I’d been looking forward to the 4th of July weekend for some time. Generally, I choose not to travel during holiday weekends, preferring to enjoy a nice, quiet weekend at home rather than battling traffic, crowds, and jacked-up prices. But this year, the Antique Motorcycle Club of America Rhinebeck Grand National Meet moved from its usual June dates to July 1 and 2. And although it was my third Rhinebeck meet, it was the first time I’d attend as a Colonial Chapter member. I’d even volunteered to help out at the gate for a few hours, which, as it turned out, was a great way to meet other antique bike buffs.

One of the benefits afforded to AMCA members is that we are permitted to camp onsite, and I fully intended to take advantage of that privilege. For $15 for the entire weekend, campers can set up a tent under a covered pavilion that’s only a short walk to the bathrooms with showers. So I plunked down my $15 and selected a place to pitch my tent, parking my bike right next to it. In short order my site was set up and I wandered over to the meet area. It was the day before the meet officially started, but there was already lots of activity, with vendors and exhibitors setting up their displays. And there was already some early horse trading going on.

I wandered back to the camping area to rustle up some dinner, and that’s when I noticed the beautiful black and red Shovelhead bobber not far from where my tent was. I went over to get a closer look, and asked one of the guys who was sitting there, “Is this your Shovel?” The guy responded, “Well, I built it for a friend who owns a shop.” I admired it some more, peppered him with a bunch of questions, and finally asked if I could sit on it—just to see how it felt. He gave permission and damned if that bike didn’t fit me perfectly.

Affixed to the rear fender of the Shovel was a sign: Custom Made for Groton Cycle Center by Dick Linn 2013. Dick was the gentleman standing in front of me, and the friend he mentioned was Don Titus who owns Groton Cycle Center. Dick used to own a bike shop but now he works with Don, building bikes and doing other things. Don eventually strolled over and I repeated my compliments on the Shovel. Dick said, “Want me to build you one?” and he quoted me a reasonable price. Very reasonable, in fact.

Since I wasn’t making any deals that day, we moved on to other topics. Dick and Don and the other guys they rode up with invited me over to their “campsite” for some dinner and conversation. Some (or maybe all) of them had each come up with a list of various bike components they were looking for. These guys were serious parts seekers, and the depth of their knowledge was impressive, as were some of their stories of gallivanting about on their old bikes.

I thoroughly enjoyed the rest of the weekend, as well as their company, and I found myself going back to that Shovel to admire it yet again. I wasn’t so sure I wanted to learn how to ride with a foot clutch and suicide shift—and kickstart only—but the guys assured me that once I got the hang of it, I’d have lots of fun. And besides, those are the types of builds in which Dick specializes. I dunno… can one teach an old dog new tricks? They invited me to come to the Finger Lakes region, which was in their neck of the woods, to ride with them and find out.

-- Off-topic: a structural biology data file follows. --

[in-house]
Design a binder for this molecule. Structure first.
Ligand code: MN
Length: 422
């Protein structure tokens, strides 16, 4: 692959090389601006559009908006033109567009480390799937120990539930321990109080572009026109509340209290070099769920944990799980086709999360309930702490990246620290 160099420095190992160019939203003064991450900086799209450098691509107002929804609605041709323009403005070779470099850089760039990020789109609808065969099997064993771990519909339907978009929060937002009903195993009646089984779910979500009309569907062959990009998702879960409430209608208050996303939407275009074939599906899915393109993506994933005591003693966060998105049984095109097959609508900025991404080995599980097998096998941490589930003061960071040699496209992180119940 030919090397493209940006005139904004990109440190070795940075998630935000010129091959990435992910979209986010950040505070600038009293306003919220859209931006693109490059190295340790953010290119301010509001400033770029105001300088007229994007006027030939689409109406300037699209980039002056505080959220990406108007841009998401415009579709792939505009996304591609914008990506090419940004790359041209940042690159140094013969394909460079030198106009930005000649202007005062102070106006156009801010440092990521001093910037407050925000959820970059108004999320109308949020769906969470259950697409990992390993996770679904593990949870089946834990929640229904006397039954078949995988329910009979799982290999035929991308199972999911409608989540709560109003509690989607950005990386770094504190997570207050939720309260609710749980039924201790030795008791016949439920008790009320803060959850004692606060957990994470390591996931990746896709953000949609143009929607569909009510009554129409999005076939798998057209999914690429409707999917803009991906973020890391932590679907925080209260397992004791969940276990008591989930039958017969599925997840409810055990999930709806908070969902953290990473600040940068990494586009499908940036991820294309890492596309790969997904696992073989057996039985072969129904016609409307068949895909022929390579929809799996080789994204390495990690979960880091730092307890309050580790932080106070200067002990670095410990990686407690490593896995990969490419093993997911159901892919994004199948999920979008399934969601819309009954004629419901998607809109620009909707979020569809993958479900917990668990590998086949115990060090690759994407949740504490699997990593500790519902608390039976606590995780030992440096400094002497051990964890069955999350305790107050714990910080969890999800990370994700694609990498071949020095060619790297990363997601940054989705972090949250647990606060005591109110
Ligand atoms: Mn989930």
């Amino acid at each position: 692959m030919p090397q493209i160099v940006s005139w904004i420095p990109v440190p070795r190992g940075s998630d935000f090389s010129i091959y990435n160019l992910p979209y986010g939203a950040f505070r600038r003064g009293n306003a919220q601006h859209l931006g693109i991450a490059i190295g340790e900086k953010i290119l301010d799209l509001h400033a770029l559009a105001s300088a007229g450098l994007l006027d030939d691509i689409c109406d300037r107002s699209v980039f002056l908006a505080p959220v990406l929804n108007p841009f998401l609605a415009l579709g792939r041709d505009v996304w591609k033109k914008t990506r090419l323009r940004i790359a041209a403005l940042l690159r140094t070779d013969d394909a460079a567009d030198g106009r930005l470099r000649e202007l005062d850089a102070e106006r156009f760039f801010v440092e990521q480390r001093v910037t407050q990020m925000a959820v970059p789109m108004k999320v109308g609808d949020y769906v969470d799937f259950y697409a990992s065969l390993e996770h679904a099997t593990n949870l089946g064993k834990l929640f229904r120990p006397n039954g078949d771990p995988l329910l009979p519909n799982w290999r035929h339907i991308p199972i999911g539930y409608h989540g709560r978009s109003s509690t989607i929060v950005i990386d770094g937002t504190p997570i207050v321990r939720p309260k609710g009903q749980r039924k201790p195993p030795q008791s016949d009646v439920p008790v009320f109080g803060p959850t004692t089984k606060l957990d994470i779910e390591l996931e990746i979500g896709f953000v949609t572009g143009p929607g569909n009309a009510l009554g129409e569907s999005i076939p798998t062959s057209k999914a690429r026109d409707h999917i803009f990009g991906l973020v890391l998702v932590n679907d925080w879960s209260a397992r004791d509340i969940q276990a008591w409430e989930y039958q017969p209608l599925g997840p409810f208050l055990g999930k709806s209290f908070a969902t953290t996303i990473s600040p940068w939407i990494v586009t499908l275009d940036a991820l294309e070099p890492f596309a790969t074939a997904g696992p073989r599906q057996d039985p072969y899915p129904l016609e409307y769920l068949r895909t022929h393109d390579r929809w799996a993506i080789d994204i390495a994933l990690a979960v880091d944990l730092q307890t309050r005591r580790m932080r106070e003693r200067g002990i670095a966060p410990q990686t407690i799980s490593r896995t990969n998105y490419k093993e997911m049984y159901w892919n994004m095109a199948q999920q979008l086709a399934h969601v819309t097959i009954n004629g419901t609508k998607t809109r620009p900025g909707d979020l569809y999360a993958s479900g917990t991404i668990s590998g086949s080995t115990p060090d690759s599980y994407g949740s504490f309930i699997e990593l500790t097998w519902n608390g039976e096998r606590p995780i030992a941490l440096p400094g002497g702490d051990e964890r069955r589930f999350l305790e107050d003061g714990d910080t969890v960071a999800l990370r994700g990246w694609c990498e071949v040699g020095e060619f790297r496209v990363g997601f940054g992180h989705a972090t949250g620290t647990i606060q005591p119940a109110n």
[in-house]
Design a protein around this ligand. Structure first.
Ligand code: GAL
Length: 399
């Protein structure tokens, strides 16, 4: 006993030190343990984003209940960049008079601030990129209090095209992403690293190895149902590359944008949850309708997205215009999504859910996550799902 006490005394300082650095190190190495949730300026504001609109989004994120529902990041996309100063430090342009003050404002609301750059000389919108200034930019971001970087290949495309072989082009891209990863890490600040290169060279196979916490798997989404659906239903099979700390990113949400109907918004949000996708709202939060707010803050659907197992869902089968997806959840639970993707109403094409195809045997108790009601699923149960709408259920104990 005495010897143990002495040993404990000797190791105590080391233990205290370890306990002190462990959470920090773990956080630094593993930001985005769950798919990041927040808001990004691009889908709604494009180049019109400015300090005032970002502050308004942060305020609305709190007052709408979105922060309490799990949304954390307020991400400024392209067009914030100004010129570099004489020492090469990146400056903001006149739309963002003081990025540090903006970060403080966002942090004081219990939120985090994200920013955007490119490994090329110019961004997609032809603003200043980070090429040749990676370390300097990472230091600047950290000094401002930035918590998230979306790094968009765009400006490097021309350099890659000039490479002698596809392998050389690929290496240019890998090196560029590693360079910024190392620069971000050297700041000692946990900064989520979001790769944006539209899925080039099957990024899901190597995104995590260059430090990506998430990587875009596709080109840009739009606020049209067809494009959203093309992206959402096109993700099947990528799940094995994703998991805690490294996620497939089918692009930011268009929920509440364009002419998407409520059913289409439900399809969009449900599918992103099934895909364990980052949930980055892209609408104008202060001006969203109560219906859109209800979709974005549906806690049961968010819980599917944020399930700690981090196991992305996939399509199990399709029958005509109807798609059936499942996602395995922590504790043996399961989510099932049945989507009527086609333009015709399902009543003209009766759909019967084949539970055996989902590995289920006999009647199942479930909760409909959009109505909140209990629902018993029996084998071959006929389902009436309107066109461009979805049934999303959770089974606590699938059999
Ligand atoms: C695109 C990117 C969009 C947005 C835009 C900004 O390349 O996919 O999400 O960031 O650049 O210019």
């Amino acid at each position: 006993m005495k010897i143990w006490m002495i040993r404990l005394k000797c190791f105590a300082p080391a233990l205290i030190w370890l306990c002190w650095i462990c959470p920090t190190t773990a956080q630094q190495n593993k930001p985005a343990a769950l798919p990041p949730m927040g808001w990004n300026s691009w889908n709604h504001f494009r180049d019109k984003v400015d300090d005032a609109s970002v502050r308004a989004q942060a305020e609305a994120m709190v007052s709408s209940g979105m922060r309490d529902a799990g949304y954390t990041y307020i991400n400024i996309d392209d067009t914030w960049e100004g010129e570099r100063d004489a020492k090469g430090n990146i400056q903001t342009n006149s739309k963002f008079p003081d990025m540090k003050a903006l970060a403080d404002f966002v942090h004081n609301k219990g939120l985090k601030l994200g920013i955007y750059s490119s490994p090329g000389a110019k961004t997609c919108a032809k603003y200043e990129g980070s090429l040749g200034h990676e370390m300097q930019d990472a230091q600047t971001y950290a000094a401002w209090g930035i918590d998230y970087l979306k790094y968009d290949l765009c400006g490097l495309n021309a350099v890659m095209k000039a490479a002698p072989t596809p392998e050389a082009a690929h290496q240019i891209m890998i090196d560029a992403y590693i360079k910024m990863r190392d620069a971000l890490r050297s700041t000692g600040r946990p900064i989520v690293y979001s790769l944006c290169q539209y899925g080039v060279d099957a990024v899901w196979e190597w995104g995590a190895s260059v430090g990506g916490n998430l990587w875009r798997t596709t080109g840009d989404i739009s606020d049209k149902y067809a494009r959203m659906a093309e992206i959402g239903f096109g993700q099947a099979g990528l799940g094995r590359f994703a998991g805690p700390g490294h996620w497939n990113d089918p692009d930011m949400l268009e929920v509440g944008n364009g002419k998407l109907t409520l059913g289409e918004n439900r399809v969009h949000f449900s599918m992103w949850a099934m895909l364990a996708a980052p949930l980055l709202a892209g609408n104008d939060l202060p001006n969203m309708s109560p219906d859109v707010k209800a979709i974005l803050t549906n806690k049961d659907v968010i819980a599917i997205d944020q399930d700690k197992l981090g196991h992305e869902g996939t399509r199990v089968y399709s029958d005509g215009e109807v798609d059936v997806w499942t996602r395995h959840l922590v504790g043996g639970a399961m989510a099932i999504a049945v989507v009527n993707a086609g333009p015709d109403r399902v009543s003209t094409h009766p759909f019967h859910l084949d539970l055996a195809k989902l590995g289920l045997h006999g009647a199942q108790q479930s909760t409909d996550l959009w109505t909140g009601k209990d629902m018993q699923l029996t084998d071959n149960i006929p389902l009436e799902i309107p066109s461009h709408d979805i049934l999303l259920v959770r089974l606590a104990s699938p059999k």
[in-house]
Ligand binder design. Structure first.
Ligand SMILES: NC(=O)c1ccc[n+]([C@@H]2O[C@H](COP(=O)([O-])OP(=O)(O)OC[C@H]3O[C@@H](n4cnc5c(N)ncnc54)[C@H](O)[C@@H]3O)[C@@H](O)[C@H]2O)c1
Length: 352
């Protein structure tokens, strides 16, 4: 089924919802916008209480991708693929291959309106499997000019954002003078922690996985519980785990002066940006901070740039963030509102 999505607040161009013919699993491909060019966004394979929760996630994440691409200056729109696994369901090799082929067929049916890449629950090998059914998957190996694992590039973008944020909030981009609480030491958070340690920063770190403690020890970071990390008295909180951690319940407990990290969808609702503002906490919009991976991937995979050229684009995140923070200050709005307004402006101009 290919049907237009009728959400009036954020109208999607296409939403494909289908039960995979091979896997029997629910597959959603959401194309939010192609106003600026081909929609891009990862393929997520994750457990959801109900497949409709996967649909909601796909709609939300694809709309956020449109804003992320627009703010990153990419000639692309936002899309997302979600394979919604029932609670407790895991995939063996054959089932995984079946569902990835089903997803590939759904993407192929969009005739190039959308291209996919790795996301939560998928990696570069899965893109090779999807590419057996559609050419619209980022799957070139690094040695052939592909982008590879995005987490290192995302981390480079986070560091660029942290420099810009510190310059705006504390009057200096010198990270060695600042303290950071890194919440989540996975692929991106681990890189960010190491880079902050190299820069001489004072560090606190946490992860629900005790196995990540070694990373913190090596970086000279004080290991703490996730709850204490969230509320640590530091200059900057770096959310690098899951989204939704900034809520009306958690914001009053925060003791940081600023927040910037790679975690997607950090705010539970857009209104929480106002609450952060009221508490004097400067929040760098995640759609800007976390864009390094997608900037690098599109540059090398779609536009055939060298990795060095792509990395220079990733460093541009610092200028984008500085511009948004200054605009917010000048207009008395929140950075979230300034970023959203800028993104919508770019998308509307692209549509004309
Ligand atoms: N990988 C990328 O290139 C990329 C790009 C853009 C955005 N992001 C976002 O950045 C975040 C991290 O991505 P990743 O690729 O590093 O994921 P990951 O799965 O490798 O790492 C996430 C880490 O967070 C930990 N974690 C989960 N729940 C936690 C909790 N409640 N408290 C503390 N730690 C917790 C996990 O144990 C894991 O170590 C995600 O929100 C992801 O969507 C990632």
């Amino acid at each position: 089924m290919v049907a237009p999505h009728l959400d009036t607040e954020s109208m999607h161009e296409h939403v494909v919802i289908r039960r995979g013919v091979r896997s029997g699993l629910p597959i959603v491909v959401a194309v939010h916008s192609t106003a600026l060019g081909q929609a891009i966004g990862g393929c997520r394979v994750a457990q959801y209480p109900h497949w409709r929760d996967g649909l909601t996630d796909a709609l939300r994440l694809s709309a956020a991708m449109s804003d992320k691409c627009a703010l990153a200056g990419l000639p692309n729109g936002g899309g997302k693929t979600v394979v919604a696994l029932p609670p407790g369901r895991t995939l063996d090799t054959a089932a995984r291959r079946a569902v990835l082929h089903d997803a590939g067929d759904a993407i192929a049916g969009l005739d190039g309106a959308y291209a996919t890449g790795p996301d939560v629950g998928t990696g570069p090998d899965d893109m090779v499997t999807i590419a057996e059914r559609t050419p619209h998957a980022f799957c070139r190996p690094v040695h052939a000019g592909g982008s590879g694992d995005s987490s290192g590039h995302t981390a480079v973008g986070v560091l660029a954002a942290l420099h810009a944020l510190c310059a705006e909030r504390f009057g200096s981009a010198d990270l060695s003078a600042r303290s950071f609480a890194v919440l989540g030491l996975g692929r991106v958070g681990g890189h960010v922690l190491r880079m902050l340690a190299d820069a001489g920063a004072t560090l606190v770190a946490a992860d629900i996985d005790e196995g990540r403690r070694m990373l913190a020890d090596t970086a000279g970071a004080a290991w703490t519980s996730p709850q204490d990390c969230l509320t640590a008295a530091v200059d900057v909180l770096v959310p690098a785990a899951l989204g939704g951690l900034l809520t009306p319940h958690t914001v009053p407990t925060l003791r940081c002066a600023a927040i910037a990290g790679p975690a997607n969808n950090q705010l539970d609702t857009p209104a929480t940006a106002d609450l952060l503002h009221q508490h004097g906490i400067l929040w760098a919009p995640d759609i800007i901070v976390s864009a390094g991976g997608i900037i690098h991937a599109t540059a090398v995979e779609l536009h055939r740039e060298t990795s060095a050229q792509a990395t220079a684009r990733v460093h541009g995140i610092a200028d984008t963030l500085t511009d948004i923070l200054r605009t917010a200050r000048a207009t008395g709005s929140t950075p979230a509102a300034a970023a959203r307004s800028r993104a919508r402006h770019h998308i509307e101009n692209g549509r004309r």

But seeing that stunning Shovel did get the gears turning in my mind. It forced me to think about what I really wanted in a vintage bike. My desire for modern conveniences seemed incongruous with old iron. But I’m not looking to score AMCA points; I’m just looking to fulfill my dream of an antique bike that I can enjoy and ride more than just a few miles at Interstate speeds.

While pondering the multitude of choices that exist, I happened upon my old friend Skeeter Todd and his wife Marie, both longtime riders and vintage enthusiasts. Skeeter has a pedigree as long as my arm, and is highly respected in the motorcycle industry. He was one of the 50 builders invited to enter a custom bike for S&S Cycle’s 50th anniversary celebration and has a star-studded resume of builds for some mighty big names. My thoughts and concerns came tumbling out, and he assured me that I could have what I wanted. He suggested that I make a list and start filling in the pros and cons and take it from there.

In the days following, random fragments and questions swam through my mind until last week when he messaged me, “Back to our conversation about your Shovelhead. There are a lot of cool things you could do to make the bike think it was a Evo and perform like one. When we get to Sturgis, let’s talk. I enjoy exploring best-case designs.” We started exchanging some questions (mine) and ideas (his), and then we agreed that I would start looking at bikes I like, make that list and bring it to Sturgis where we could talk more.

So it seems a project is in the works, once Skeeter helps me figure out the best options. I know I want to do it on the cheap, except for certain key components, of course, and that I need to do a lot of planning beforehand. But to have the bike of my dreams, and, with a lot of help, of course, figure out how to put it together? It doesn’t get any better than that.

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